|Closest Focusing||1.5 m|
|Max. Magnifcation||1:7.1 (0.14x)|
|Filter Size||58 mm|
|Diameter x Length||69 x 91 mm|
|Weight||630 gr (1.39 lb)|
Excellent lens with beautiful rendering and incredibly useful control over shallow depth of field. Reasonably sharp wide open, and completely usable (just a touch of softness, less softness than most 50mms wide open), sharpens further at f/4, no reason to stop it down further unless you want more depth of field. Useful built in lens hood.
I find this focal length to be very close to what my eye sees, so framing up shots is very natural-feeling with this lens. Has a long reach but not too long, and can be used in lower light.
One of my favorite lenses, out of about 20 I've tried. Probably the best inexpensive FD lens.
This is a very unique lens. It show some residual spherical abberation wide open that makes beautiful smooth tones for portraits yet when stopped a couple of stops it's brutally sharp. Beautiful build quality. I wished it focused closer but I carry a thin extention tube and that solves that problem. I find the bokeh smooth and attractive. A must have lens for the portrait photographer.
Nice, solid build.
I can't comment on sharpness as I've not used it at smaller than f/4 and also this lens is supposedly designed as a portrait lens to be somewhat soft anyway.
It has neutralish bokeh when I was rather hoping for ultra-smooth; but it's nice enough anyway. Also at full aperture the bokeh swirls, so I am careful to choose my backgrounds carefully or make sure the out of focus (oof) background is total obliteration. The 8 aperture blades also keep the bokeh highlights nicely rounded rather than objectionably geometric.
The built-in hood isn't enough to avoid flare when doing back-lit sunlight portraits despite the SC coatings. I haven't experimented so far but on one occasion I did have to tape on some dark coloured paper to extend the shading: usually I would use my hand but it wasn't enough with this lens the flare being quite visible in the viewfinder. Considering my preference for these kinds of shots an SCC lens would perhaps be preferable.
Wonderfully a lever on the lens's mount could be switched to operate the lens in stop down mode. It hasn't damaged the camera, an AL-1, though the manual recommends against this without saying why (not so easy to mount: you must slightly turn and click the aluminium ring before). This allows me artistic control of the bokeh without the inconvenience of a dof preview button which my camera doesn't have anyway. Marvelous!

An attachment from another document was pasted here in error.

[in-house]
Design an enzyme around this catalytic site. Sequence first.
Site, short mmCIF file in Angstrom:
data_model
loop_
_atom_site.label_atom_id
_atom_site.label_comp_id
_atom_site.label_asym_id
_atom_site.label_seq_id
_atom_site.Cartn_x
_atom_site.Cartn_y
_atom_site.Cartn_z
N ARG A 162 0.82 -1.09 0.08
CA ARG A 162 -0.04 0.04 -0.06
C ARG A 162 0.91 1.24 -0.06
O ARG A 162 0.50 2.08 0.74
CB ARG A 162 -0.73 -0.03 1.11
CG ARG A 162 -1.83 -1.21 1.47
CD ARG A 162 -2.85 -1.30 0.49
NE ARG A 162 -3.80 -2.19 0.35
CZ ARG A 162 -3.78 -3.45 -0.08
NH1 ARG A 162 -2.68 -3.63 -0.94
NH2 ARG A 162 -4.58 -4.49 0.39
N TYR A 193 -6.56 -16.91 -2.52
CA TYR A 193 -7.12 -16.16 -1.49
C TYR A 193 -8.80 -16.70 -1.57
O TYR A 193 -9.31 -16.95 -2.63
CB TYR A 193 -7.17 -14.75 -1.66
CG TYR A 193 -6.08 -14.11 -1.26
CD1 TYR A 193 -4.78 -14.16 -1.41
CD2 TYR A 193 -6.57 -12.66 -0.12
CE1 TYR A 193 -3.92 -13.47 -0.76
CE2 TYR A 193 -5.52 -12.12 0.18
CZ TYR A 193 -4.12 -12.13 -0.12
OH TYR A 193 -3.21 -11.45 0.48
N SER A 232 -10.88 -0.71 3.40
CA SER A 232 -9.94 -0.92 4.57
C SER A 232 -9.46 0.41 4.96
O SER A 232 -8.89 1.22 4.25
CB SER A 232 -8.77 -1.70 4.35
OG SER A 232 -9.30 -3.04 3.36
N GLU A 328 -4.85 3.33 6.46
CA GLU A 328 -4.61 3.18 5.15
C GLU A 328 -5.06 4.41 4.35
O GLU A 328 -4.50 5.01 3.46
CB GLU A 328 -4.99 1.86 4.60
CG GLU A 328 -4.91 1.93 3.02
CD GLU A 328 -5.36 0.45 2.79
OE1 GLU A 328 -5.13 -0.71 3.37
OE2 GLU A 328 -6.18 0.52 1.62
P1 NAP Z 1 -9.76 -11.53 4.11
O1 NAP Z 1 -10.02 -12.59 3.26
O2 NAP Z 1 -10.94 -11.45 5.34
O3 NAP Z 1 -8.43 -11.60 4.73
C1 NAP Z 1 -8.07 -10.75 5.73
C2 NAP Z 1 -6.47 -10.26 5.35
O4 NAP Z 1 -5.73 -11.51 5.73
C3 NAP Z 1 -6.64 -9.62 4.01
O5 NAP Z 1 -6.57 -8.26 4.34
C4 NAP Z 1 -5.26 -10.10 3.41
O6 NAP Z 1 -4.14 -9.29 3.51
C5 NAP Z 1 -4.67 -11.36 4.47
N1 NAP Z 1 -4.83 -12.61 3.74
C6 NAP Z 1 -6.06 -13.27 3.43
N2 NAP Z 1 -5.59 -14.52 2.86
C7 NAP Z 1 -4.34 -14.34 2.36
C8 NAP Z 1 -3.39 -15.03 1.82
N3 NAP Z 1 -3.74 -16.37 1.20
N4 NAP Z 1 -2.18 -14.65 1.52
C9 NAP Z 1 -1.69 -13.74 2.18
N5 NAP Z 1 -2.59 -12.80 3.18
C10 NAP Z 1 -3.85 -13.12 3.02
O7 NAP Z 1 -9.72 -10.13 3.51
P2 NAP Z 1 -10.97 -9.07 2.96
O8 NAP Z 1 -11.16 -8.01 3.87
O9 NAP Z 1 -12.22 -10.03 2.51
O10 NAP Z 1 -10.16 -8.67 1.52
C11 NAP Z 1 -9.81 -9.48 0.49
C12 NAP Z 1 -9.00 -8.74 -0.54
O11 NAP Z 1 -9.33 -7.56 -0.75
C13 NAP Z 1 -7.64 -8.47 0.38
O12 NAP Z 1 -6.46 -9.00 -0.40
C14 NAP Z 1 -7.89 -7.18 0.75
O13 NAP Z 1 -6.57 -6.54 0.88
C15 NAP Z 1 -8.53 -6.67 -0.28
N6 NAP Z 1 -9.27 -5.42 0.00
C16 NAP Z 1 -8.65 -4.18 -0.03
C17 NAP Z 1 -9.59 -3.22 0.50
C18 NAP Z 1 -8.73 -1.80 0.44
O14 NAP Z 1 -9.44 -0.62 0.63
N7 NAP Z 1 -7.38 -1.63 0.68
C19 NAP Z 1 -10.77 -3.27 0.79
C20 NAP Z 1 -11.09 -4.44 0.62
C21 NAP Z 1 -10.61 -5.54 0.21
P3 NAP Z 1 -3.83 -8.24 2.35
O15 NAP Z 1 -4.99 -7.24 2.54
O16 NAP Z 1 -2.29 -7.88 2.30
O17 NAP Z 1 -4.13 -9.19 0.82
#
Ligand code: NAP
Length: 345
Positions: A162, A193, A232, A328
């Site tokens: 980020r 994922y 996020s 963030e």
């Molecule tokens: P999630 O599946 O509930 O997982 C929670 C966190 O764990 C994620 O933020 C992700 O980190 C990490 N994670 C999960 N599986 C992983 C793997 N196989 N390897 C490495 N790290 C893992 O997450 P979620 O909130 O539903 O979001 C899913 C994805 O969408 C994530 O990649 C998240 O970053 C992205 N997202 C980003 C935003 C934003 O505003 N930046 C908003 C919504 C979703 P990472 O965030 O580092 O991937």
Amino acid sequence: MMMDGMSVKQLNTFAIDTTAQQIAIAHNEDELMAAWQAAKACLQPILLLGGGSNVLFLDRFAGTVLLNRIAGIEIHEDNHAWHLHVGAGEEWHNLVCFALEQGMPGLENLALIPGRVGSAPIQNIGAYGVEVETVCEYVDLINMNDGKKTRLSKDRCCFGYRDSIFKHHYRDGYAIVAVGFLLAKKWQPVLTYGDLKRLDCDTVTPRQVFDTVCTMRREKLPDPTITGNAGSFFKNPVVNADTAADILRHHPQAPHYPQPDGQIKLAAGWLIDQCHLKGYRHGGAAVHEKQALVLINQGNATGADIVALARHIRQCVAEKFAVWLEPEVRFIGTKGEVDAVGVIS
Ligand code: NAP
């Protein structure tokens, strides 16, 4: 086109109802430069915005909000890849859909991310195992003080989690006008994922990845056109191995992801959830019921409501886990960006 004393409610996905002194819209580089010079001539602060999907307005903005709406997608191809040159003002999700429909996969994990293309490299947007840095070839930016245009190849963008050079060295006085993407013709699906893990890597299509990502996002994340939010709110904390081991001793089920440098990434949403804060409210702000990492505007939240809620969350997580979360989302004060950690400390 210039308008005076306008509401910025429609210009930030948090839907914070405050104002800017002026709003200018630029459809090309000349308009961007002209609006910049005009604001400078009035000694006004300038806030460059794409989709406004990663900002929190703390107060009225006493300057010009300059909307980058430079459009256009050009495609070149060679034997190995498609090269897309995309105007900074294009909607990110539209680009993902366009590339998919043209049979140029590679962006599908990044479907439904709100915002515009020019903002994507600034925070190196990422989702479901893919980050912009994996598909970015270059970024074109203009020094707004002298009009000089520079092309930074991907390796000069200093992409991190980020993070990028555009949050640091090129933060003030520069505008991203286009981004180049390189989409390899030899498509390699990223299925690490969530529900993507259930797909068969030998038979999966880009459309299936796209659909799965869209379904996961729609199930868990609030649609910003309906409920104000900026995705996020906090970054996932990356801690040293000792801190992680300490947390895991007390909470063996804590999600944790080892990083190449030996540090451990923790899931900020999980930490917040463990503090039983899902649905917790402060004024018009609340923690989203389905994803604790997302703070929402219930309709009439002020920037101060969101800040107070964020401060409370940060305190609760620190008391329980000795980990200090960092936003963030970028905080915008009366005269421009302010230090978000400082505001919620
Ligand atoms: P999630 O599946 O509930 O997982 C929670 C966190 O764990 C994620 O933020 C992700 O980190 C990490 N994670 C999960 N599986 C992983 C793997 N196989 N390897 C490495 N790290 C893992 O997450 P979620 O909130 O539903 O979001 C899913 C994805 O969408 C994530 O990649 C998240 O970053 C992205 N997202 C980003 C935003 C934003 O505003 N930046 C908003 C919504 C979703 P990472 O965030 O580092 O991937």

When in open-aperture metering mode the aperture was easy to jolt down without being noticed. Bad news when using a film camera but it may just be my particular lens. However in stop-down mode it's less easy and anyway irrelevant.
It has rather a long focus throw. It also has a 1.5 metre minimum focus; pretty stingy and a bit odd for a 135mm portrait lens. An 85mm already does head and shoulders but that's as much as you can do with this lens. Barmy! At least it's (marginally) cheaper.
Strangely one click down (f3.3?) shows a whole 1 stop metering change and the same from that to the next, f/4. Bizarre. In any case it's not really an issue for a portrait lens. Funnily enough it's portrait sibling the 55mm f/1.2 (both the FD and FL non-aspherical) is something like T/1.7 wide-open!!!!! The 55/1.2 is a big con really. The 135/2.5 seem to have the opposite going on which I thought impossible.
Not a flawless lens and considering the bokeh wasn't as good as I hoped - and swirly - I think I might have been better off with a 135/2.8 SCC with better flare control and a shorter minimum focus. But I can live with it.